This year is a year of transition for the parish. There are things we do so very well – such as our Lenten, Holy Week, and Easter celebrations. I have been around 12 years now, and these really were the best ever. We have had so many people make a point of sharing how moved they were by the celebrations. One person came up to me after Holy Thursday and simply said, “Wow, wow, wow…” What makes it so moving for people? Everyone is different, but what is constant is the behind the scene work of dedicated people and their ministries: the Décor and Environment Committee, Readers, Eucharistic Ministers, Altar Servers, Ushers, Choir, Faith Formation/RCIA, the Knights, the parish staff, volunteers who pass out palms, greet people and a million other things. So many people are moved by the Eucharistic Procession on Holy Thursday – behind the scene are staff who recruit TPD for traffic safety, who go to the Franklin Street businesses to let them know, who visit the hotels to make sure they know our Holy Week schedule – so many little things – all that make the big thing the amazing thing. Continue reading
Most of the time, I use this space in the bulletin to write about one topic. Today’s column is a bit of a hodgepodge – a little of this and a little of that. Maybe this will end up being a stream of consciousness?
Fr. Michael headed North on Monday, driving to NYC to take up his studies. And as Fr. Zack said, “And then there were two.” People are asking, “Do you know who’s coming to replace Fr. Michael?” At this point in time, we do not know and there is no one definitely scheduled. But not to fret, we are working on it. Continue reading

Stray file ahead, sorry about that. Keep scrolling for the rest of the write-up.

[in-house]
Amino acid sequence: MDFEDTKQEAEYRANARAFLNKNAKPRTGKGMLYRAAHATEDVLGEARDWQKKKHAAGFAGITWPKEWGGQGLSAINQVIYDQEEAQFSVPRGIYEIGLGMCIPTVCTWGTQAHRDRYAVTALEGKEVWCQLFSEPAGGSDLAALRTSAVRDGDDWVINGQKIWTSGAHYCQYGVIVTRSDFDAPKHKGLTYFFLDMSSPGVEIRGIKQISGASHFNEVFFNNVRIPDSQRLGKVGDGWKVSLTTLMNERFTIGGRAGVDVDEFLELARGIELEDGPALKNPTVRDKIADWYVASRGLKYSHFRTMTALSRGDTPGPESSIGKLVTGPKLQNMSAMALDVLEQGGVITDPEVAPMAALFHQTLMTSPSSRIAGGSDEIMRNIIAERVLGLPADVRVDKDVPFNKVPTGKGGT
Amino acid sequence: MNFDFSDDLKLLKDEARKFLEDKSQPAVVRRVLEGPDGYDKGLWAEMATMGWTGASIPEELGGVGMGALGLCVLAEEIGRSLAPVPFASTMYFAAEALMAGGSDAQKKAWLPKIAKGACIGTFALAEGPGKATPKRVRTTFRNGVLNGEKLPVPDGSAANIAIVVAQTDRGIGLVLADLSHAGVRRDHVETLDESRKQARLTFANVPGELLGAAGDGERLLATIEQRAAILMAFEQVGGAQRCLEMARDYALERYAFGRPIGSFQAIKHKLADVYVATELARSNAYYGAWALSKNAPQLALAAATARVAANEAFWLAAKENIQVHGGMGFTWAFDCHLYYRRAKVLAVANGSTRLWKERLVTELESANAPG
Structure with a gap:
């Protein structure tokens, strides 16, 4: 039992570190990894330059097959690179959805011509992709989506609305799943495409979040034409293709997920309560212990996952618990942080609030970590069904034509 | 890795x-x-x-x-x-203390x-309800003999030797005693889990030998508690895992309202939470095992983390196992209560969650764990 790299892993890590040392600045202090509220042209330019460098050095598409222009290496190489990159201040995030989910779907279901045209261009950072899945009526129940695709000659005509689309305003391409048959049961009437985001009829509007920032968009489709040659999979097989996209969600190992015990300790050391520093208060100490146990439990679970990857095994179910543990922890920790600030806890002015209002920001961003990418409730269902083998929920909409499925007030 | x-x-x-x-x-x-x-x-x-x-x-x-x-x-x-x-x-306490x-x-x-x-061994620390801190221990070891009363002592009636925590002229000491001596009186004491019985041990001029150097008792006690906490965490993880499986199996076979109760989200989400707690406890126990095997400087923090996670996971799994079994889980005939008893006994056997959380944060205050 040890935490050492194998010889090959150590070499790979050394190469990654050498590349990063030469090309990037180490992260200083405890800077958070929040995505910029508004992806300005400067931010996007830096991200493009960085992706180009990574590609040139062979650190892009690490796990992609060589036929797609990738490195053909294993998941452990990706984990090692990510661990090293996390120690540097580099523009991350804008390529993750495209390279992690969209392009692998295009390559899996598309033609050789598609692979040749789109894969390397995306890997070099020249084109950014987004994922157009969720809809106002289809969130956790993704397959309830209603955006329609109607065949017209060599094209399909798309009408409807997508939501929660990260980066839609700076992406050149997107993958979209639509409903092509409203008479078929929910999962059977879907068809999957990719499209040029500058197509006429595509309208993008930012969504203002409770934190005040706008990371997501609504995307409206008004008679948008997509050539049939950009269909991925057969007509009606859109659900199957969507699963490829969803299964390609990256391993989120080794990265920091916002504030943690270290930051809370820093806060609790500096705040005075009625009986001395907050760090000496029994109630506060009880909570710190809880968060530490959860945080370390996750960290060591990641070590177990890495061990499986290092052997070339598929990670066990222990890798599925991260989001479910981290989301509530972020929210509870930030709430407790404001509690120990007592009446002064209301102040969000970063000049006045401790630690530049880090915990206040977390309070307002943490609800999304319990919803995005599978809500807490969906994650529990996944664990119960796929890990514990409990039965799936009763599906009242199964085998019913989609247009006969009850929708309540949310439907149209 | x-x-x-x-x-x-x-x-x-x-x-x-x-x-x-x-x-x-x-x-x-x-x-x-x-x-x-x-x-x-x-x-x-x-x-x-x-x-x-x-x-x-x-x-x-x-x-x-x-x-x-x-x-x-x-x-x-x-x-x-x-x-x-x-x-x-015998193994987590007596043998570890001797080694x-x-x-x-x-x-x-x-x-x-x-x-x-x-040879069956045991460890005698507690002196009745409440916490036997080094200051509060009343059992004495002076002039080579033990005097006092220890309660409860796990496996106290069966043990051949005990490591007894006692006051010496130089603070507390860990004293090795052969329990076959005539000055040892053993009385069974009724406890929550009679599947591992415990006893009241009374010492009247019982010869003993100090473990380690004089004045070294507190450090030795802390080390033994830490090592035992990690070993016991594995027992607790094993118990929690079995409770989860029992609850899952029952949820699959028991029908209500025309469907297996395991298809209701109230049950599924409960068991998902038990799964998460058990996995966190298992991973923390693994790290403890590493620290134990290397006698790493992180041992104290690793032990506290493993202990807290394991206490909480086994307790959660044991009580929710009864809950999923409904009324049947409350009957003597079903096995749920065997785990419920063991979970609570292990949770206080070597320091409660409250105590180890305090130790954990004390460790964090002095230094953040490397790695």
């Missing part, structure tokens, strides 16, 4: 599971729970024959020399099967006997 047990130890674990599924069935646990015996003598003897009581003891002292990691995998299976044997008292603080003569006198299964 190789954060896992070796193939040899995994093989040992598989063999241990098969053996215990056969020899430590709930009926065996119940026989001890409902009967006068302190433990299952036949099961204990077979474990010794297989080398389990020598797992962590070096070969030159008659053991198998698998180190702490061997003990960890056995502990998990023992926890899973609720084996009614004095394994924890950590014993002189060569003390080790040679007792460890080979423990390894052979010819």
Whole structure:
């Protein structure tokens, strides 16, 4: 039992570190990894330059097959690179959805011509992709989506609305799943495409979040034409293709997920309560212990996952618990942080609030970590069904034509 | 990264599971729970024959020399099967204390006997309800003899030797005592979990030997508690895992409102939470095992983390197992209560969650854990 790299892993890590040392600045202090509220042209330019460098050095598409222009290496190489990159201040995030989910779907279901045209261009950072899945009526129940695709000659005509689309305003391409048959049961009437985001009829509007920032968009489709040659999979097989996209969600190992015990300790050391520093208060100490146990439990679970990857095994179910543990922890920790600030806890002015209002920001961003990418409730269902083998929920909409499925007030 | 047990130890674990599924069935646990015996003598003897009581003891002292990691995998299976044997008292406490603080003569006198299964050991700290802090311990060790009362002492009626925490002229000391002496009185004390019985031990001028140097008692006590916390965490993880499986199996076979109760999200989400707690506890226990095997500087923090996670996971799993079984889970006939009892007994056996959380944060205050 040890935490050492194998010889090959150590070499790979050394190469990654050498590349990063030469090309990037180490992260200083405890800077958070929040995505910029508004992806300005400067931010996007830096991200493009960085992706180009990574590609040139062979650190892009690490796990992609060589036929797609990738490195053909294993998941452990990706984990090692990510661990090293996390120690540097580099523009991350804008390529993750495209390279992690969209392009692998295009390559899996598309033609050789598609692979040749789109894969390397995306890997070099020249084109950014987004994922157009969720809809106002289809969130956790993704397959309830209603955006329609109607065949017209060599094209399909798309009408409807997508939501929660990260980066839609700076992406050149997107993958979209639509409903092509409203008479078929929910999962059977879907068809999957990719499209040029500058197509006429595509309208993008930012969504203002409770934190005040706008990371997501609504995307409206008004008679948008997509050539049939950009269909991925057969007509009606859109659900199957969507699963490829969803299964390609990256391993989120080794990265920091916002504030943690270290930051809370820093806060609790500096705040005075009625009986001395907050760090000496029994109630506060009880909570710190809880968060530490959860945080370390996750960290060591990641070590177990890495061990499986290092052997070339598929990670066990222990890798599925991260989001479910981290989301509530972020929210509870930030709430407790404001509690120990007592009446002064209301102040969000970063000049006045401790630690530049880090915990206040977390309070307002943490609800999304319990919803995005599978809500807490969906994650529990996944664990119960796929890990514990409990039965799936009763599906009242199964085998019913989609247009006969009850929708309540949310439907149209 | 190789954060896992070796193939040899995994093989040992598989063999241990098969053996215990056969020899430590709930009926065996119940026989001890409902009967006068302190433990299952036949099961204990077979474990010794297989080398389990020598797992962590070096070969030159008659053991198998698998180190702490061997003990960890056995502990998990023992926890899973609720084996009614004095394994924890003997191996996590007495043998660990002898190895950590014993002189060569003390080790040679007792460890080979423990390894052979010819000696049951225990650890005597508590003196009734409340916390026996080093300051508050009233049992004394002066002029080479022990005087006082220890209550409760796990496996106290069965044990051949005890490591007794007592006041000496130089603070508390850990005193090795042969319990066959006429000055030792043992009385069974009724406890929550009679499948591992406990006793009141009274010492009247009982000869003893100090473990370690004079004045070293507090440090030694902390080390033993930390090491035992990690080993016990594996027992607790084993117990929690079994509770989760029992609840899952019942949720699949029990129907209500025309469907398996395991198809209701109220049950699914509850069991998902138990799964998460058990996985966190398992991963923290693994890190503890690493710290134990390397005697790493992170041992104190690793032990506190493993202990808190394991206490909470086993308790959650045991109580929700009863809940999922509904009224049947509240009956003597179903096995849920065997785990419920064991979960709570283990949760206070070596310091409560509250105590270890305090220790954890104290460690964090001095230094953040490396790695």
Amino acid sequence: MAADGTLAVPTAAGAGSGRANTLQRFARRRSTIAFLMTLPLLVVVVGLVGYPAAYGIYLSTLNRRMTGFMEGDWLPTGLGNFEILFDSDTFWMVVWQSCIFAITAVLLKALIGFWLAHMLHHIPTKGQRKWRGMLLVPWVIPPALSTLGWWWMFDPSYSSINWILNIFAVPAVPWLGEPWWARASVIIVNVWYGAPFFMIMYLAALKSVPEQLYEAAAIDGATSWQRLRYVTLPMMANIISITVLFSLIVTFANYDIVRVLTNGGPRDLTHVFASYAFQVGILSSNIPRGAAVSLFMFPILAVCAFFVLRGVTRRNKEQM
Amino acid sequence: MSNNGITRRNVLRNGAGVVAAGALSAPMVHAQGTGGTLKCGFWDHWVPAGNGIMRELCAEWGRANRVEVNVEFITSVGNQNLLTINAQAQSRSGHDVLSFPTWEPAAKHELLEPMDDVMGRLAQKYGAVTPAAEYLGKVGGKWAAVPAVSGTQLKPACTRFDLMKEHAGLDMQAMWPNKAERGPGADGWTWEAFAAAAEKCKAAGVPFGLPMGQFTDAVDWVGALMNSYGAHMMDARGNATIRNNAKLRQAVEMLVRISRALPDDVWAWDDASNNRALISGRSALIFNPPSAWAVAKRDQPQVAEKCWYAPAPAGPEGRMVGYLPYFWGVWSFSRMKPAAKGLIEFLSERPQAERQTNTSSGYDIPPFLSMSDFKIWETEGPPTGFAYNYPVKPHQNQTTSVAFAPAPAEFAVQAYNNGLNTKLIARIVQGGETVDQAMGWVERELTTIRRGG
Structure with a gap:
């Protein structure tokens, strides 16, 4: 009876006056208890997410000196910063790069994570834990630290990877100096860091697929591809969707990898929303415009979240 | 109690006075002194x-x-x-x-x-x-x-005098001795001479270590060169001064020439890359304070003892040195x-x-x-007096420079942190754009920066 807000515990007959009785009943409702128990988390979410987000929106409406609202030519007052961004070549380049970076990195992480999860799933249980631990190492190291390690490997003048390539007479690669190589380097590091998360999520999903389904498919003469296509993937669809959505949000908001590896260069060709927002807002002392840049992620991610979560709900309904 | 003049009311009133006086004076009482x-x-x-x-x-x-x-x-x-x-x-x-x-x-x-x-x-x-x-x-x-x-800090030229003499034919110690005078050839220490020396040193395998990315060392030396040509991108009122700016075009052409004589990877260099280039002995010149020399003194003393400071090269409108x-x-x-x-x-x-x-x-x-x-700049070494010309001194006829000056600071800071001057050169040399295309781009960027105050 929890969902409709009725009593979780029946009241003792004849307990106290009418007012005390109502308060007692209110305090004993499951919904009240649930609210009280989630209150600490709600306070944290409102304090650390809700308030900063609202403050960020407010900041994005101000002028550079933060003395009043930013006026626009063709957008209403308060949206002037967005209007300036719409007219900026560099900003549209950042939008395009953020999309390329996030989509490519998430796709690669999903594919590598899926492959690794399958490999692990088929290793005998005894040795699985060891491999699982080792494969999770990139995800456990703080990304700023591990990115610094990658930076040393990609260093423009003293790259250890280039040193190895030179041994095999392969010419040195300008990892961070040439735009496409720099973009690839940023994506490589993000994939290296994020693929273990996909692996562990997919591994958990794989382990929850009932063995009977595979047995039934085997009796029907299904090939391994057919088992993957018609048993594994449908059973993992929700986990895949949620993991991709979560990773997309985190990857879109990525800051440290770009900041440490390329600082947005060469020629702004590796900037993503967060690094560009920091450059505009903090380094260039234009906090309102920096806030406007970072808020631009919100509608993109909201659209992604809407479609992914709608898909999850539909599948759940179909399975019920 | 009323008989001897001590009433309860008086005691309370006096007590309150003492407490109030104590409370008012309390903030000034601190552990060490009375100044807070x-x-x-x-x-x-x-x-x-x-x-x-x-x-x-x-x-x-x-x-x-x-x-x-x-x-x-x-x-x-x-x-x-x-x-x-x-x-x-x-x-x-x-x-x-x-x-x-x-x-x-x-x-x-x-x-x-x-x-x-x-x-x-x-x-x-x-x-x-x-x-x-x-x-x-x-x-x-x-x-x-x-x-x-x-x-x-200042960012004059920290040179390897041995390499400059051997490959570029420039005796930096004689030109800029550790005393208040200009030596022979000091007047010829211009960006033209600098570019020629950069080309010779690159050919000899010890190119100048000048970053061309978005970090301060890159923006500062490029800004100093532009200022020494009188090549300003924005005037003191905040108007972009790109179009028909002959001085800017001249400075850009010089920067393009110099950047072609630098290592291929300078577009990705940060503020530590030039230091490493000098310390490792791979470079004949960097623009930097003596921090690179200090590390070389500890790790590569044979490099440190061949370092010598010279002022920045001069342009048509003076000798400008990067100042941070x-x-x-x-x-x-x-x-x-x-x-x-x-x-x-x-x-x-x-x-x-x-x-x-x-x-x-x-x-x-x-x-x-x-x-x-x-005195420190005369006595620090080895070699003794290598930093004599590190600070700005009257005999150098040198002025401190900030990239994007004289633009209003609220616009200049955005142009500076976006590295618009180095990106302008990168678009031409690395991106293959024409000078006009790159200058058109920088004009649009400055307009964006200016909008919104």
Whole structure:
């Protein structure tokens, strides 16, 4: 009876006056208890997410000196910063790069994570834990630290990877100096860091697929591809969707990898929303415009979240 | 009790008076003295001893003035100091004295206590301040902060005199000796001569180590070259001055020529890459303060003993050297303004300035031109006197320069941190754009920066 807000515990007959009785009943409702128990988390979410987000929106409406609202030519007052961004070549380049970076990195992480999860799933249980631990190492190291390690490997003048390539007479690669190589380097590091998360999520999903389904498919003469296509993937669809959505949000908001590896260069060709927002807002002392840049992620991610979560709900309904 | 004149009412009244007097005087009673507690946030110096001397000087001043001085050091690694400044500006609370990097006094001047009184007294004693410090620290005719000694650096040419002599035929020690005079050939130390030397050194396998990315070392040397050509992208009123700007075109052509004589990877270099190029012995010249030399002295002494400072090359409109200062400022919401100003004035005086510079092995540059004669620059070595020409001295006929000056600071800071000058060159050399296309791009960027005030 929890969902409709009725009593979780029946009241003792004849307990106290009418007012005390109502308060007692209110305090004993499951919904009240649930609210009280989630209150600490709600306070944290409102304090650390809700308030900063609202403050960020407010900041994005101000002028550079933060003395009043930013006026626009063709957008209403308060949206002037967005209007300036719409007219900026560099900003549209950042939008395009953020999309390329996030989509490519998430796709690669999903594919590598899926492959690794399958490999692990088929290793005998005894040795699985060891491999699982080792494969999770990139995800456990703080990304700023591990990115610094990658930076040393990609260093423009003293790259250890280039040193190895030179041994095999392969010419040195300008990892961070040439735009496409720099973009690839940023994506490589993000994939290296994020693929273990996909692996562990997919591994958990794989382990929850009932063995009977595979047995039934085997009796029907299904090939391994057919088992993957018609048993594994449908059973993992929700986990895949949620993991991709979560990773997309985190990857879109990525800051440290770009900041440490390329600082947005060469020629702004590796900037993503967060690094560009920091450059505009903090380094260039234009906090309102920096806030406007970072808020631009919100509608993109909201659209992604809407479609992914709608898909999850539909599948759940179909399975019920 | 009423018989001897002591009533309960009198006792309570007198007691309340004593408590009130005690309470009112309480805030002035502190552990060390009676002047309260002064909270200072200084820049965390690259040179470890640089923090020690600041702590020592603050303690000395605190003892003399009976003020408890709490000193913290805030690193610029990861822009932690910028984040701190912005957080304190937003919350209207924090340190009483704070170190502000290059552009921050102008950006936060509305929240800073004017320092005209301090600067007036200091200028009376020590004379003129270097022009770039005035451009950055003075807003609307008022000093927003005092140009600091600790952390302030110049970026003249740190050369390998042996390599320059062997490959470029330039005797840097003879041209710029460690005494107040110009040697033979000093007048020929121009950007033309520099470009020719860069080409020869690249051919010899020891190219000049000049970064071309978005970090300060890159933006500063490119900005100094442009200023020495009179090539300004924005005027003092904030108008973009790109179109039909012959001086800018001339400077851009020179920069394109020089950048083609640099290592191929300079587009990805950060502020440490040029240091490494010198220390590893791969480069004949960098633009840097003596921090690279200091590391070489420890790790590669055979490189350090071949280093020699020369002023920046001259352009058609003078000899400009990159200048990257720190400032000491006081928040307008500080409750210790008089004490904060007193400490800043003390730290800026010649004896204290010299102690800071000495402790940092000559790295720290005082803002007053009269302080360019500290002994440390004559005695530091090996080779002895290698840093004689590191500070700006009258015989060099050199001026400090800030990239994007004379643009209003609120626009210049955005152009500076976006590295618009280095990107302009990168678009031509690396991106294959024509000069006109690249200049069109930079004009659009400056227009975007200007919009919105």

Once upon a time, in a parish far, far away it was time for the annual parish fundraising campaign. The pastor arranged to have a man give a witness talk about the benefits of giving. The man was well-known in the parish and in the community at large. He had been very successful in business and was very wealthy. Continue reading
Depending on your age, this column is either a walk down memory lane or a “history” lesson — 50 years in the making. So, if you look over at someone reading this column and nodding their head up and down in phantom agreement, you can take a guess at their age.
The Year 1968 was a year in which a manned spacecraft first orbited the moon, the Boeing 747 made its first commercial flight, average monthly house rent was $130, gas was $0.34/gallon, Dr. Martin Luther King Jr. and Robert Kennedy were assassinated, Intel Corporation was founded, the Beatles released the “White Album,” the first Big Mac went on sale (…for $0.49), Ziplock sandwich bags were introduced, the “hip” products of the year were bean-bag chairs and lava lamps, and you will want to burn any remaining Polaroid pictures of what you thought was high fashion. Continue reading
I like writing – even if it is a struggle at times. There is something—I don’t know— compelling about it when the germ of a thought begins to take shape and forms itself into a more complete thought. The preparation of a homily is often like that. You sit with the readings for the coming Sunday and let one or more points rise to the surface. Some ideas will be interesting, some will make the list for some future weekend, and every once in a while, the idea is just self-evident. The homily has a beginning, a pointed end, and a clear pathway to get from one to the other. In those moments, it just seems to flow. Continue reading
Two weeks ago we celebrated the Baptism of the Lord, when our gospel has that great image of Jesus plunging into the waters of the Jordan, into the water of Baptism, plunging into the midst of our lives, all-in, showing us he belongs to us in his full humanity – and to show us a life with a higher purpose – fulfilling the deepest desire of God: that all might be saved. Continue reading